As the medical team conducted a preliminary examination of the body, it was determined that the death had seemingly occurred because of strangulation. But this information could not be linked with the crime scene, for there was simply no evidence of any possibility of someone choking to death or being forcefully strangled and murdered. Since the darkrooms were used by multiple people throughout the night, no correct idea about the victim or the possible perpetrator could be made. It was finally one of the staff at the bar who partly knew the victim, and they guided the police towards the nearest Metro store. After showing the photograph of the man, the police ultimately got to know that the victim was Nicky Hilgert, a 32-year-old man who, indeed, worked at the store. From the reports and statements by his co-workers, friends, and family, Nicky was a gentle and much-loved man who did not really have any enemies or even the mindset to make enemies. Therefore, why he had been targeted and seemingly killed remained a mystery to the police, which they wanted to solve soon.

Where did Nicky’s credit card details lead the police?

Having found no other leads about the suspect at the crime scene, the police decided to track down the missing items from Nicky’s body. According to his sister, the man would always have his phone with him, and it was very strange that it was not found on his body. It was Nicky’s credit cards that provided the first major breakthrough in finding a suspect, as it was found that the cards had been attempted to be used at a kiosk to buy train tickets to Saarbrucken twice, both times after Nicky was dead. This immediately made it clear that the perpetrator had used the cards, and while both attempts were declined, probably because of Nicky’s card settings, a ticket for a similar route was bought from the very same kiosk. The police immediately tracked down the card details used for the transaction, and they turned out to belong to a man named Miroslaw Wawak.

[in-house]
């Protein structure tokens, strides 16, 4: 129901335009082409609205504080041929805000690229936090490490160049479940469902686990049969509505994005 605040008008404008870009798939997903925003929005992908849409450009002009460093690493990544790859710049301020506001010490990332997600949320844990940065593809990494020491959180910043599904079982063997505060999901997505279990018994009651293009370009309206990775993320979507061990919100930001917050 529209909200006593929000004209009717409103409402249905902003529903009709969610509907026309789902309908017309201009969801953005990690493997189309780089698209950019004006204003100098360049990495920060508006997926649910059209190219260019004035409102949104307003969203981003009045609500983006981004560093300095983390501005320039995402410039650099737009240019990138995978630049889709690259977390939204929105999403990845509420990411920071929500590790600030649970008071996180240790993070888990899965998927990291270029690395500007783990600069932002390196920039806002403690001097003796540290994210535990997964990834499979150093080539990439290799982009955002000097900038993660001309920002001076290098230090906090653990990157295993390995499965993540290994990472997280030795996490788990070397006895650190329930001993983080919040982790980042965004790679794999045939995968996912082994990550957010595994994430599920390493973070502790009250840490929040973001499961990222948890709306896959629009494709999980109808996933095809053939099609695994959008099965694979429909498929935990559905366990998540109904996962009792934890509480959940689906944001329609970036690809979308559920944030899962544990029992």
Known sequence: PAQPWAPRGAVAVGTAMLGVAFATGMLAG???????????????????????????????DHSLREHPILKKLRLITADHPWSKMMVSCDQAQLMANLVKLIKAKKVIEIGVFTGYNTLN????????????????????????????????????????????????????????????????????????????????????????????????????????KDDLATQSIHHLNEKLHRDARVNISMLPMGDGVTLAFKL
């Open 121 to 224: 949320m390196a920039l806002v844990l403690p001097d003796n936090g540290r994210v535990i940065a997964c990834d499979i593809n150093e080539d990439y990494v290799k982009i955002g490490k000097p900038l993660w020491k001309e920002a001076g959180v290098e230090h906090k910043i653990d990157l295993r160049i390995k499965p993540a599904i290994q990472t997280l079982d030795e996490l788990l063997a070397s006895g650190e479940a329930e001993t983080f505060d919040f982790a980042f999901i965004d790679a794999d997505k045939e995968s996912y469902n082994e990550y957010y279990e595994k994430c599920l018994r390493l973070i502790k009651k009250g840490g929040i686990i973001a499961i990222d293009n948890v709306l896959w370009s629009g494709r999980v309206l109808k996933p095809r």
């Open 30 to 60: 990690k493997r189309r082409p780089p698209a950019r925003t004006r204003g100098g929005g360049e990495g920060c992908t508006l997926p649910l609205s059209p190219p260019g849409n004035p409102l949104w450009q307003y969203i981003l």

A search for Miroslaw was made, but surprisingly, the young man himself had reported that his money, credit cards, and mobile phone had been stolen after a bizarre incident that even got him hospitalized. On the night of May 5, Miroslaw had been in the Friedrichshain area, going around bars and drinking as part of the usual merriment. While returning home, though, he met a friendly man who offered to exchange his liqueur bottle with Miroslaw after seeing that the latter was not enjoying his own. As Miroslaw became friends with the man and kept drinking from his bottle, he slowly started to lose control over his body, feeling sick and dizzy. Eventually, he lost consciousness on the streets, fainted, and had to be rushed to the hospital where he was found. It was clear that someone had drugged Miroslaw and stolen his belongings in an almost similar fashion as Nicky, suggesting that they had been attacked by the same perpetrator, especially since both incidents took place in the same area.